Orlando Canizales needed no introduction Thursday night at the Reseda Country Club.
Alonzo Highsmith needed a football helmet.
Canizales, the longest-reigning bantamweight champion in history and among the sport's finest technicians, rewarded a partisan crowd in his first Southern California appearance by scoring a third-round knockout against overmatched Tomas Valdez in a lightweight bout before about 750.
Canizales, 49-3 with 37 knockouts, was razor sharp, slipping punches and scoring almost at will against the taller Valdez. He floored Valdez in every round, twice with body shots, including the decisive blow 2:50 into the round.
"These taller guys, you never know what they're going to bring," said Canizales, a native of Laredo, Texas.
"I was working him upstairs, but sometimes it's easier to go down below. I was picking off his shots. He didn't hit me."
Highsmith, Canizales' stablemate, could not say the same after being knocked out, losing for the first time in his professional career.
Highsmith, former running back for the Dallas Cowboys and Houston Oilers, fumbled away his 27-0 record, suffering a third-round defeat against unimpressive Terry Verners in a sloppy heavyweight bout.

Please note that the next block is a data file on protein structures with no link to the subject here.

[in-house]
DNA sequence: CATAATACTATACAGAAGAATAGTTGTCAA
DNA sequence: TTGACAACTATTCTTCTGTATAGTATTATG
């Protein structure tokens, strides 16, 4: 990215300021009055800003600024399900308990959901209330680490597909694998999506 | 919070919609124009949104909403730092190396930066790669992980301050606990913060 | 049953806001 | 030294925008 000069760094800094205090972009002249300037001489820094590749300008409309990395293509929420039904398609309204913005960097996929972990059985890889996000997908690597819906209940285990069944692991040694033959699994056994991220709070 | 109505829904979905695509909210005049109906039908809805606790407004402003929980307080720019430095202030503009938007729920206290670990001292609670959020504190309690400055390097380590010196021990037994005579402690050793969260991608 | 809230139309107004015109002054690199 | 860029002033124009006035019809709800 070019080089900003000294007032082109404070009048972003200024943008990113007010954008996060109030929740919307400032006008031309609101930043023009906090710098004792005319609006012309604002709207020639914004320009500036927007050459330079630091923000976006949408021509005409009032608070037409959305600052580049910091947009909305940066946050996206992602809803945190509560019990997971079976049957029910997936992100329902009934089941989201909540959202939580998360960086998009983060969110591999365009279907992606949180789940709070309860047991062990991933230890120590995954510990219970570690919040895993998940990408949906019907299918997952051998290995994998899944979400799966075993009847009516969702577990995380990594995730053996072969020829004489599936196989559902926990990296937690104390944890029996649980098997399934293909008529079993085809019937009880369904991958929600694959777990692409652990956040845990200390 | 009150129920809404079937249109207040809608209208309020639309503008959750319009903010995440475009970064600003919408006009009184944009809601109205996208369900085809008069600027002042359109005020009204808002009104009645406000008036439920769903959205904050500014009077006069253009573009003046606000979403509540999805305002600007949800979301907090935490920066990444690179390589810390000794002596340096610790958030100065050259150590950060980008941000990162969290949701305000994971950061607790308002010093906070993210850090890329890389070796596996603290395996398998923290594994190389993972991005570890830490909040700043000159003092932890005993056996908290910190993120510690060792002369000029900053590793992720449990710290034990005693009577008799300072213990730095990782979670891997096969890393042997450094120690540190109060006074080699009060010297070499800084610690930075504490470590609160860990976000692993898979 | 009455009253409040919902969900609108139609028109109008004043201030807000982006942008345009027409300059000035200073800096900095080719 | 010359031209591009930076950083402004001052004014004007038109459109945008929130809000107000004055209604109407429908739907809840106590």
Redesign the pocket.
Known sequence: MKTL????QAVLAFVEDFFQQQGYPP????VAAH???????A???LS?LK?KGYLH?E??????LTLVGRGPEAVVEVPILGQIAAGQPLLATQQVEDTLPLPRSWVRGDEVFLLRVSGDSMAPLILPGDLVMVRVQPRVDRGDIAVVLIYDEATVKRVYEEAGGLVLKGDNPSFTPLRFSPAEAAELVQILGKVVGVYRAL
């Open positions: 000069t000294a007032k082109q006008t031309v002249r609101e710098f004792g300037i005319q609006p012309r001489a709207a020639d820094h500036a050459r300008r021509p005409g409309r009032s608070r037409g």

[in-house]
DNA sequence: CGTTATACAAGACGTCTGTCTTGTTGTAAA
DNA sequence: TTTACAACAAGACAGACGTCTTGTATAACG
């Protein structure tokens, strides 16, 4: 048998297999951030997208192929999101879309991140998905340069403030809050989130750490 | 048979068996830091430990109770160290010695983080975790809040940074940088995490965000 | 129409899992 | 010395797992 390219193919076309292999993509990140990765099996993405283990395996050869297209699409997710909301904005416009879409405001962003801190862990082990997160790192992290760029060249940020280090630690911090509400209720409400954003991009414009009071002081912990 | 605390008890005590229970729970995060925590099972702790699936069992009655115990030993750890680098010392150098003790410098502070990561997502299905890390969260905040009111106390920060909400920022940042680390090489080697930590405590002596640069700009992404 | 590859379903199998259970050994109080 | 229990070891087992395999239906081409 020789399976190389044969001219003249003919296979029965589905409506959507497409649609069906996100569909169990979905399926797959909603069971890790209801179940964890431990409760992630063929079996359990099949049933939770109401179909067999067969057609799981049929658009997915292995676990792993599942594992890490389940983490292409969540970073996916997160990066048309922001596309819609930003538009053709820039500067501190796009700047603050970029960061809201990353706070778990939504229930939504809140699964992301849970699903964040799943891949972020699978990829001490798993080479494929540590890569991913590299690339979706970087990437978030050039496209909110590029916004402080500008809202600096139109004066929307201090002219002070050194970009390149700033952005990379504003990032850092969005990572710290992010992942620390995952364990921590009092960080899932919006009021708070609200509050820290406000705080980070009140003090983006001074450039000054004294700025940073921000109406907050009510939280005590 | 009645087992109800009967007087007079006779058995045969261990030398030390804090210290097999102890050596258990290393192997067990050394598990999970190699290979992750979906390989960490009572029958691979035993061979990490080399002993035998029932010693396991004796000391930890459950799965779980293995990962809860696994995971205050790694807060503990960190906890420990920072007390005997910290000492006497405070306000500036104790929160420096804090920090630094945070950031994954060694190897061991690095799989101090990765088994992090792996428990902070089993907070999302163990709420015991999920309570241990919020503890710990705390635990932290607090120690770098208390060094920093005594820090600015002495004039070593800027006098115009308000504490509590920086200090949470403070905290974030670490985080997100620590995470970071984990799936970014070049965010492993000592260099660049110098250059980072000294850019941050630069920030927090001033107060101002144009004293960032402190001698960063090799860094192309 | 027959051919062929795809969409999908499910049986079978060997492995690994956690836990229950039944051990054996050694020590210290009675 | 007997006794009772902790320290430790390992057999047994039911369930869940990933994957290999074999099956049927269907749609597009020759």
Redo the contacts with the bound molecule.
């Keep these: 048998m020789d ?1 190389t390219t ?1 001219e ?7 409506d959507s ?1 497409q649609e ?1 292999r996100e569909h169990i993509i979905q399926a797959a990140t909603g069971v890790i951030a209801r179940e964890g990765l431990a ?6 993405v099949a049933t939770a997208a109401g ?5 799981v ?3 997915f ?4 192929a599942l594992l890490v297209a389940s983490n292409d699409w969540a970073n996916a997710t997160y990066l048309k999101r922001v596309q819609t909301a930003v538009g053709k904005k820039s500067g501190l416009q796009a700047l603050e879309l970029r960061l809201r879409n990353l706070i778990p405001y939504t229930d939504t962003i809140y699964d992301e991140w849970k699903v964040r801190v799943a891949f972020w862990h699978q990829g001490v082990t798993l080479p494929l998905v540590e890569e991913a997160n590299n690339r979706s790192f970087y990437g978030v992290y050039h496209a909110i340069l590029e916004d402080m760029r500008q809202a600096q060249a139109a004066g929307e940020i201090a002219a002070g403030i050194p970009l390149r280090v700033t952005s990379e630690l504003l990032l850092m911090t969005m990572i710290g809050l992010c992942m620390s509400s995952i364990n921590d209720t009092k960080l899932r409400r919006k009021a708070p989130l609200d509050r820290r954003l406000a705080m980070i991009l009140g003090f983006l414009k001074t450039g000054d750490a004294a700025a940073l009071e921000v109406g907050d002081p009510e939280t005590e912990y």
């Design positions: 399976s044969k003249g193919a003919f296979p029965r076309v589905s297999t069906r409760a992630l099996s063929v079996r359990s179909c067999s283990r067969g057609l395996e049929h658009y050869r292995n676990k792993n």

Verners, 33, had only seven victories in 29 previous fights and was the third choice to fight Highsmith, 32, who began prizefighting in 1995 after a six-year pro football career.
Verners was bloodied and penalized one point for rabbit-punching in the first round. But in the third round, he landed a combination that dropped Highsmith in his corner, then finished him off moments later with a flurry against the ropes.
Highsmith was on his back for several minutes while attendants cut the gloves from his hands. He still appeared dazed several minutes after the bout.
"He whooped me today, that's all," Highsmith said. "It's my own fault. I just did nothing."
Verners, of Fresno, celebrated the fifth knockout of his career.
"His record didn't bother me," Verners said. "It made me fight harder. I haven't won many fights. But I haven't lost too many in a row."
In other bouts, light-heavyweight Victor Ortiz of Simi Valley improved to 4-0 with a second-round knockout of John Parker of Canoga Park.
Ortiz rocked Parker with a left-hook 58 seconds into the round.
Ricky Quiles of San Juan, Puerto Rico, recorded a third-round knockout against Margarito Navarro of Tucson in a scheduled eight-round junior-welterweight bout.
Eddie Gutierrez of Palmdale twice floored Tommy Hindes of Los Angeles, the second knockdown bringing an end to their scheduled four-round middleweight bout 46 seconds into the third round.
In a four-round women's bout, Pam Barker of Las Vegas won her pro debut with a four-round unanimous decision over Paula Faye of Big Bear.